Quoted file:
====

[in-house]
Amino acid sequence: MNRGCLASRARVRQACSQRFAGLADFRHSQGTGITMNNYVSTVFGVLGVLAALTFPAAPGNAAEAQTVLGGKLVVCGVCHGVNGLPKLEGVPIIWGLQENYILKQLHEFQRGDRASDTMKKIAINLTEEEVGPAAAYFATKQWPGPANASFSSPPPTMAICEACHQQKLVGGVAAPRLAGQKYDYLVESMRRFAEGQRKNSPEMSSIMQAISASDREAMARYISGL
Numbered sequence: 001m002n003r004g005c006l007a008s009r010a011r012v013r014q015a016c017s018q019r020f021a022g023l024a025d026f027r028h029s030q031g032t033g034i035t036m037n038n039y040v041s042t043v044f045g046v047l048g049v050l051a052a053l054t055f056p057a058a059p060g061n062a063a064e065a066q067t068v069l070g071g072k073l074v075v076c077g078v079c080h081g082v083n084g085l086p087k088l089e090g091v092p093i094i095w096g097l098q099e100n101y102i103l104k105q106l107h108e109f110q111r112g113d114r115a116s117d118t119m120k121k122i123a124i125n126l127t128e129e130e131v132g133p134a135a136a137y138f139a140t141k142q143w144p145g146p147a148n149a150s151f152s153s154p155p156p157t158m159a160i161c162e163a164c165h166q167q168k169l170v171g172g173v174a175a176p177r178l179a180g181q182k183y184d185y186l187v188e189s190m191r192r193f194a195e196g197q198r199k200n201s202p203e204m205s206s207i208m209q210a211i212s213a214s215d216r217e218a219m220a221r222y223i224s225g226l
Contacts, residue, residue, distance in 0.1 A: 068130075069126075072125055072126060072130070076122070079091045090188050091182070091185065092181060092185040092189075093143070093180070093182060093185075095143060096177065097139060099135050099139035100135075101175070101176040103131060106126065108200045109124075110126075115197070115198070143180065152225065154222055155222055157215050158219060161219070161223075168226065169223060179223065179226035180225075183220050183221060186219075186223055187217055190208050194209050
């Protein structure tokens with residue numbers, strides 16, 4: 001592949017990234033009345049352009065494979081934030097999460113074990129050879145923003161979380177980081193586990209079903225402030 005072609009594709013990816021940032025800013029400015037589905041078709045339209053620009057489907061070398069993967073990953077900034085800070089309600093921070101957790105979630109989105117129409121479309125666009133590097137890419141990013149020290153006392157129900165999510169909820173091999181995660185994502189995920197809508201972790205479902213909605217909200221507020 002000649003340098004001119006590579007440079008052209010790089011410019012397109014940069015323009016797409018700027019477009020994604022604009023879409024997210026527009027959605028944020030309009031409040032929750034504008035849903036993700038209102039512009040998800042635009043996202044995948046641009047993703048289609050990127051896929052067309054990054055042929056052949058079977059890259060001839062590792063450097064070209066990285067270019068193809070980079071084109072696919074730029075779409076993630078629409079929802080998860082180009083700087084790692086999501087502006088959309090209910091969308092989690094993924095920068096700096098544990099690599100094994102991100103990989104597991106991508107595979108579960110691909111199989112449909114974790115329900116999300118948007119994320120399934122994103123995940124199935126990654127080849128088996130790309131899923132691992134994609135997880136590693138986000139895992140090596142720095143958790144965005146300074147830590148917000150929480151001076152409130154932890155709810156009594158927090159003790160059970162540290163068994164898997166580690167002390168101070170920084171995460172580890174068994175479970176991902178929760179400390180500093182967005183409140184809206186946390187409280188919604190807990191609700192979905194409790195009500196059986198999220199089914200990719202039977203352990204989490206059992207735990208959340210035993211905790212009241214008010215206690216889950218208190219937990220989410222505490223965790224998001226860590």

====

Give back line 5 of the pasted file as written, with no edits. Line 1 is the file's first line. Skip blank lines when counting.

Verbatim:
């Protein structure tokens with residue numbers, strides 16, 4: 001592949017990234033009345049352009065494979081934030097999460113074990129050879145923003161979380177980081193586990209079903225402030 005072609009594709013990816021940032025800013029400015037589905041078709045339209053620009057489907061070398069993967073990953077900034085800070089309600093921070101957790105979630109989105117129409121479309125666009133590097137890419141990013149020290153006392157129900165999510169909820173091999181995660185994502189995920197809508201972790205479902213909605217909200221507020 002000649003340098004001119006590579007440079008052209010790089011410019012397109014940069015323009016797409018700027019477009020994604022604009023879409024997210026527009027959605028944020030309009031409040032929750034504008035849903036993700038209102039512009040998800042635009043996202044995948046641009047993703048289609050990127051896929052067309054990054055042929056052949058079977059890259060001839062590792063450097064070209066990285067270019068193809070980079071084109072696919074730029075779409076993630078629409079929802080998860082180009083700087084790692086999501087502006088959309090209910091969308092989690094993924095920068096700096098544990099690599100094994102991100103990989104597991106991508107595979108579960110691909111199989112449909114974790115329900116999300118948007119994320120399934122994103123995940124199935126990654127080849128088996130790309131899923132691992134994609135997880136590693138986000139895992140090596142720095143958790144965005146300074147830590148917000150929480151001076152409130154932890155709810156009594158927090159003790160059970162540290163068994164898997166580690167002390168101070170920084171995460172580890174068994175479970176991902178929760179400390180500093182967005183409140184809206186946390187409280188919604190807990191609700192979905194409790195009500196059986198999220199089914200990719202039977203352990204989490206059992207735990208959340210035993211905790212009241214008010215206690216889950218208190219937990220989410222505490223965790224998001226860590």